This includes their full name and contact information, their insurance information including their policy number, and their vehicle information. Get as much about the car as you can, including make and model, color, and license plate.

VIN numbers are helpful to obtain if possible as well. You never want to just assume the license plate will be enough, as insurance companies go by VINs more than they go by license plates. You don’t even know if that license plate on the other vehicle is supposed to be there.

Get the plate number, but also ask the owner for the VIN, and tell them it is because you know your car accident insurance company is going to need it.

Step 6: Start Documenting

You may have already started documenting the scene and the accident, but in many cases, those just involved in a collision are not thinking clearly enough to get everything. Then they find themselves in a conversation with their lawyer, police, or insurance company, and are unable to answer the most basic questions of the collision due to their stress response.

That’s okay, and that’s called being human. As soon as you can, take as many notes as possible about the collision. Take pictures when necessary, but take your notes first. Use only facts, not emotional words.

Document everything about the accident, what you were doing when it happened, the address or location, your traveling direction, and the traveling direction of the other vehicle. You can use the talk to text function on your phone to help you with this, as your recall may be sketchy due to your heightened stress response.

Include notes on the weather, the traffic lights, pedestrians, everything. Get names of witnesses if possible, and eventually, you will want to get the names and badge numbers of any officers you are dealing with.

You are going to be telling this story to the police, the insurance, and your attorney, and you want all of those versions to be the same, and comprehensive of the facts at hand.

Step 7: Call the Police

If you are just in a fender bender with little damage or injuries, often times you won’t have to call the police. Many drivers in a car accident may try and convince you that calling the police isn’t necessary.

It’s never a bad idea to call them. The worst thing that can happen is they come and assess little damage and tell you it wasn’t necessary, but they will take a report on the matter anyway.

Whether or not you called the police is likely to be one of the first questions your attorney and insurance company will ask. You’re never going to get in trouble for calling them.

Step 8: Report to the DMV

Whether or not you are legally required to report your car accident to the DMV will vary by state, but it’s one of the best steps to take after a car accident. You can do it after the scene is cleared, or even the next day.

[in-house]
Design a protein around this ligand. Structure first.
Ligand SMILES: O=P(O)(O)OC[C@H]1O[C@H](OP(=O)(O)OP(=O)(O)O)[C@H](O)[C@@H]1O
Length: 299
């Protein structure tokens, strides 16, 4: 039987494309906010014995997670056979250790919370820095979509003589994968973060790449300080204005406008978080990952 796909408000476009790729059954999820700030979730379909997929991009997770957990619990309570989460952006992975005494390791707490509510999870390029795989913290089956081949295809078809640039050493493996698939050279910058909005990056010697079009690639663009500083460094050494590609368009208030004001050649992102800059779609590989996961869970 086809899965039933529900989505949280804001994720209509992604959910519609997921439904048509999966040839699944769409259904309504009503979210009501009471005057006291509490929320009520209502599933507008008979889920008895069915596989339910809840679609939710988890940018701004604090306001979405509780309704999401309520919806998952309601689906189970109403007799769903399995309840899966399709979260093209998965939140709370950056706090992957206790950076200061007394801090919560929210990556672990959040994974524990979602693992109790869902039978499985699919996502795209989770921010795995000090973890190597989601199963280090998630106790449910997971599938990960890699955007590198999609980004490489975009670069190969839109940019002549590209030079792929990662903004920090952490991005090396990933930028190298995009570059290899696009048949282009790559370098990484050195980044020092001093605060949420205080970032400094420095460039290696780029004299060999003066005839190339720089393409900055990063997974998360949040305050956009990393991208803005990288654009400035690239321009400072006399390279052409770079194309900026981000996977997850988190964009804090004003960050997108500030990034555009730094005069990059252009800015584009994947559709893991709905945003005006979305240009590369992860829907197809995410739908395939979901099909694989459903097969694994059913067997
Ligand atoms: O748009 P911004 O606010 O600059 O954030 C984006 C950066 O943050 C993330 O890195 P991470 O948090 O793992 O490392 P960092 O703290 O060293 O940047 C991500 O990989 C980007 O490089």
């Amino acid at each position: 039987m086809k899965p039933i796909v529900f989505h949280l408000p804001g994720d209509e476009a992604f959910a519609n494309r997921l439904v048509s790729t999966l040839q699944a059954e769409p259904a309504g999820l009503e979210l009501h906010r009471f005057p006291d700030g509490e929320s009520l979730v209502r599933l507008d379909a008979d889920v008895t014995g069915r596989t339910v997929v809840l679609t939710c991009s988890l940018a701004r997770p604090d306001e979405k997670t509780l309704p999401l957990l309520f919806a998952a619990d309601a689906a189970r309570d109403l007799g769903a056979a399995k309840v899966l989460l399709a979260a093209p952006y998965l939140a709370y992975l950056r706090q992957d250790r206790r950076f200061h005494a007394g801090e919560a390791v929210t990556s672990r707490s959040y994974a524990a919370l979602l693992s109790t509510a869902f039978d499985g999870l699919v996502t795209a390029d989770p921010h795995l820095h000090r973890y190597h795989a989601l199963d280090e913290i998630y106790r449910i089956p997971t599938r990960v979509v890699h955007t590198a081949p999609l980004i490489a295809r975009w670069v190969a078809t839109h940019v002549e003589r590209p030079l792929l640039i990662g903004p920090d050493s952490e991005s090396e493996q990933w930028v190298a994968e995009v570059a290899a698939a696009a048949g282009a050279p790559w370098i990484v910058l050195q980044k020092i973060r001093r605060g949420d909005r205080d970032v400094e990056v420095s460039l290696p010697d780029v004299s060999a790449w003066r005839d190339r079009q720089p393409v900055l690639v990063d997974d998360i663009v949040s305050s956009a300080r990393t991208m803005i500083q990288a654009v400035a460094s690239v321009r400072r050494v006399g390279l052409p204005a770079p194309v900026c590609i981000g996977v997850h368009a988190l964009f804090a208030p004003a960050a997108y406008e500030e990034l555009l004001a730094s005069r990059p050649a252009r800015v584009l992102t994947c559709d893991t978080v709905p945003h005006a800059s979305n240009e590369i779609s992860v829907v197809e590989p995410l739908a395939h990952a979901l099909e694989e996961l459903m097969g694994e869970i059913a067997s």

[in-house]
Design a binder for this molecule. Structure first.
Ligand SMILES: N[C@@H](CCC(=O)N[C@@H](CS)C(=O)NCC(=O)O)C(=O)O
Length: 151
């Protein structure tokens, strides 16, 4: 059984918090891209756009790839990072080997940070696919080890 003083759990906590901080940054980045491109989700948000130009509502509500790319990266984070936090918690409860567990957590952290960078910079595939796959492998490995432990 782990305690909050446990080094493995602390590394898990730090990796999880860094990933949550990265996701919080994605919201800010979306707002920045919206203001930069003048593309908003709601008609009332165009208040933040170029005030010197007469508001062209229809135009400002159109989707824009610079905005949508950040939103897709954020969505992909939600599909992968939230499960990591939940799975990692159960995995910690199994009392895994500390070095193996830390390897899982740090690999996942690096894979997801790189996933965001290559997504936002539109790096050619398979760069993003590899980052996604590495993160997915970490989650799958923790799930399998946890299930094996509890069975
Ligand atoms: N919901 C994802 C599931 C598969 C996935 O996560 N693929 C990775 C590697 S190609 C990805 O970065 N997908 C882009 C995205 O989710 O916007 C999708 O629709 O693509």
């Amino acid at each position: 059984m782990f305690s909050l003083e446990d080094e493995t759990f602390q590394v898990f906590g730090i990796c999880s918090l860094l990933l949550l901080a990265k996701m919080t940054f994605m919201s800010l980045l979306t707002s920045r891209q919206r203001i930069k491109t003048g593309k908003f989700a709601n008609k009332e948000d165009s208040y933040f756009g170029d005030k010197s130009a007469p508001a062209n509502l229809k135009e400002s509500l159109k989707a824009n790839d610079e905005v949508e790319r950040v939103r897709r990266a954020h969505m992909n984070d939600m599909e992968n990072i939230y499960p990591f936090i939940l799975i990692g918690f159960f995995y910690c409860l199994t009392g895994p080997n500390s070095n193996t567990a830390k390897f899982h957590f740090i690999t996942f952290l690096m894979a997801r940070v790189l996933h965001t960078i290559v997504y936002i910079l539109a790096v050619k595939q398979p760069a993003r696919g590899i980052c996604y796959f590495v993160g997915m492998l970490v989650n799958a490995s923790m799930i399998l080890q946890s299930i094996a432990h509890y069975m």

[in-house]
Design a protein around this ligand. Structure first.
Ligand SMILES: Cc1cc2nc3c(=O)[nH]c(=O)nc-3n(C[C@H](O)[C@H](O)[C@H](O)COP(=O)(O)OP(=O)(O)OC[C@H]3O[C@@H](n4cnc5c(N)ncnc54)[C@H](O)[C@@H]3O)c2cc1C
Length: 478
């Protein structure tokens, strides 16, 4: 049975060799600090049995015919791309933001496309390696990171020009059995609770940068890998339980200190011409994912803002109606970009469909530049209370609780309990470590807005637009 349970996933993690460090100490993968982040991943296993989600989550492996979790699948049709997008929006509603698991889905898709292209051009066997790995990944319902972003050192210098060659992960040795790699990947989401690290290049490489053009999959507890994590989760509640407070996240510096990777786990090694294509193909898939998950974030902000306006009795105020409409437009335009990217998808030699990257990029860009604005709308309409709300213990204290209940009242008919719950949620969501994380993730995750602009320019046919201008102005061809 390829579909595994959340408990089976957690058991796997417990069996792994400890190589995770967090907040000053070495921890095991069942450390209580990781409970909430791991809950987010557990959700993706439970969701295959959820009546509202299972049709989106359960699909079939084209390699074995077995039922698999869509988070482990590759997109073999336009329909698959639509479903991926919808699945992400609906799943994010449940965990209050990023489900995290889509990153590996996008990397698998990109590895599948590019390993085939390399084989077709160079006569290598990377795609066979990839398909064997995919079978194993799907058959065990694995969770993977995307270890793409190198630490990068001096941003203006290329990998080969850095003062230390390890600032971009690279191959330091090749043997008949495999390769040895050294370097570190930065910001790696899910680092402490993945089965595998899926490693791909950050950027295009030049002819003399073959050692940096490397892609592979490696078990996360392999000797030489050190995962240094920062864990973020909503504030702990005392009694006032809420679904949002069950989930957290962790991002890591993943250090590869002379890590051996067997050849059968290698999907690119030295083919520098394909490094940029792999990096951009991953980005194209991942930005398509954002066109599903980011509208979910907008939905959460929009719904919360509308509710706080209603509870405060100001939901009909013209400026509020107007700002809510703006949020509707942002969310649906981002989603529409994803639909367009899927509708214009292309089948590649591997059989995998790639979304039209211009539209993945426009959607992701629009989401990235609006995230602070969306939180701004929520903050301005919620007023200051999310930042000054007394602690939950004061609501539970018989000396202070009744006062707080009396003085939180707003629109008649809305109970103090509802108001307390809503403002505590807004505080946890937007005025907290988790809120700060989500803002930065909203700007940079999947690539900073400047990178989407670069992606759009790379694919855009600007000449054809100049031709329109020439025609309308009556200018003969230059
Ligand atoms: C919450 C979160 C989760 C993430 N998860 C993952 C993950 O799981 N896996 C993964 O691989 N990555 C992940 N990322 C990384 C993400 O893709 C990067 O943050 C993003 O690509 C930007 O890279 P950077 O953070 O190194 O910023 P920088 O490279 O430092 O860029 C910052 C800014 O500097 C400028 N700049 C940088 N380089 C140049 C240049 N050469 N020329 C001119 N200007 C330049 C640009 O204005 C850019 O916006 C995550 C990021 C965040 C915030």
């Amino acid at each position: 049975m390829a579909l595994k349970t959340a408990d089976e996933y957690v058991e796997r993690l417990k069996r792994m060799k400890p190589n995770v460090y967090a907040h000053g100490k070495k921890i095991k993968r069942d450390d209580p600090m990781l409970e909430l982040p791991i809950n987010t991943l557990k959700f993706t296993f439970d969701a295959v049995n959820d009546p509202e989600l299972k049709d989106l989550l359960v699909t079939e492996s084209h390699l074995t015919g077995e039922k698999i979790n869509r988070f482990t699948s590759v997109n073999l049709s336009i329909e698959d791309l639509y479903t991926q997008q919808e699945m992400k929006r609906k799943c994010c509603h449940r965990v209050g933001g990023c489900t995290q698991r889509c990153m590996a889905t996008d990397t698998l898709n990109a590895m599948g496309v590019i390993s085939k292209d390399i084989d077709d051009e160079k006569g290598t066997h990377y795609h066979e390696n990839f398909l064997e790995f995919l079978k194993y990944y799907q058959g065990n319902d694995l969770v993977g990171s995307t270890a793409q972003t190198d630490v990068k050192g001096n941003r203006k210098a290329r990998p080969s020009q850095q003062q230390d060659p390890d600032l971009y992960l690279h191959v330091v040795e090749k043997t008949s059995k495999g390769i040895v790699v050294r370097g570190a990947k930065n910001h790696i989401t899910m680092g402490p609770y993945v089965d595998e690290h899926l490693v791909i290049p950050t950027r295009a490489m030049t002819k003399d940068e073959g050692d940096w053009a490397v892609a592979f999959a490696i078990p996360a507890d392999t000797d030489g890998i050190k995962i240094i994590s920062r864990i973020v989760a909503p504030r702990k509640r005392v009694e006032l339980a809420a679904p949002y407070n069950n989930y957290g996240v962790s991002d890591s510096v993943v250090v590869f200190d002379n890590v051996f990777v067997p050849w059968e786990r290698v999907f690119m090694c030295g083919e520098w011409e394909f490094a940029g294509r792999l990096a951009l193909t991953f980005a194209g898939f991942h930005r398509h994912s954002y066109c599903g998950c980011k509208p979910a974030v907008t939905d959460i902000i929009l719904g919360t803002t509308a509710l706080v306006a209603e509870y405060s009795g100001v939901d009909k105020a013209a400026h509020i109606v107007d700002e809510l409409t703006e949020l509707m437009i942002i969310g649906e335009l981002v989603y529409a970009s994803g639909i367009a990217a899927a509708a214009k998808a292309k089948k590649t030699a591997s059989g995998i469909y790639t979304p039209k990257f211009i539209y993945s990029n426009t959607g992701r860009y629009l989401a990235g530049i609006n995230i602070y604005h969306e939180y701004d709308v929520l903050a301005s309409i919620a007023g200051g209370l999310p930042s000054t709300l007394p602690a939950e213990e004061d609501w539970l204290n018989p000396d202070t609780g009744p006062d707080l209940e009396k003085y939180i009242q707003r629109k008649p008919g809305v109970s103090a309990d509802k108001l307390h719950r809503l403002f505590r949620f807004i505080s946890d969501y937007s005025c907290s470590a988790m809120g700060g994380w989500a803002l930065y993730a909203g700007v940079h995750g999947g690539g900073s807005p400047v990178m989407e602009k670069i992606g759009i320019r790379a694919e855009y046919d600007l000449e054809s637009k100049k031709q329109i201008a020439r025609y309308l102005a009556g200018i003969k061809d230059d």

Specifics will vary by state, but generally speaking, if there is damage over $1,000, or an injury or fatality, the DMV needs to know. Don’t wait to find out after the fact you did something wrong by not reporting.

In Wisconsin for example, if there is damage as little as $200 you are required by law to report. Don’t go by an urban “consensus” that the car needs to be totaled before you report the accident.

Ask the police if they have a form for that, and in some states, the police will do it for you. It will be an important part of your insurance claim, your driving record, and even your future insurance rates. You never want to be the person that didn’t report.

Step 9: Notify Your Insurer

Calling your insurance company is also one of the most well-known steps to take after a car accident.

And since you have kept calm and carried on to follow all of the above steps, you will have everything they need to begin the claims process. But having an accident is a stressful situation.

Putting your situation in the hands of higher powers also helps to relieve the burden. Your insurance company will tell you what to do next.

When in Doubt Seek Legal Help

Generally what happens after a car accident is a human freak out. From legal matters to insurance issues to human injuries that could change a life forever, there is a lot to worry about.

Do everything you can to manage your stress and stay rational through the process. Having legal representation and handing it over to the insurance company are two things that help to take a lot of the weight off your shoulders.

But before you are able to do that, memorize what steps to take after a car accident by using this handy list. With six million car accidents happening, every year in America spread the word and make sure that your loved ones have this list too!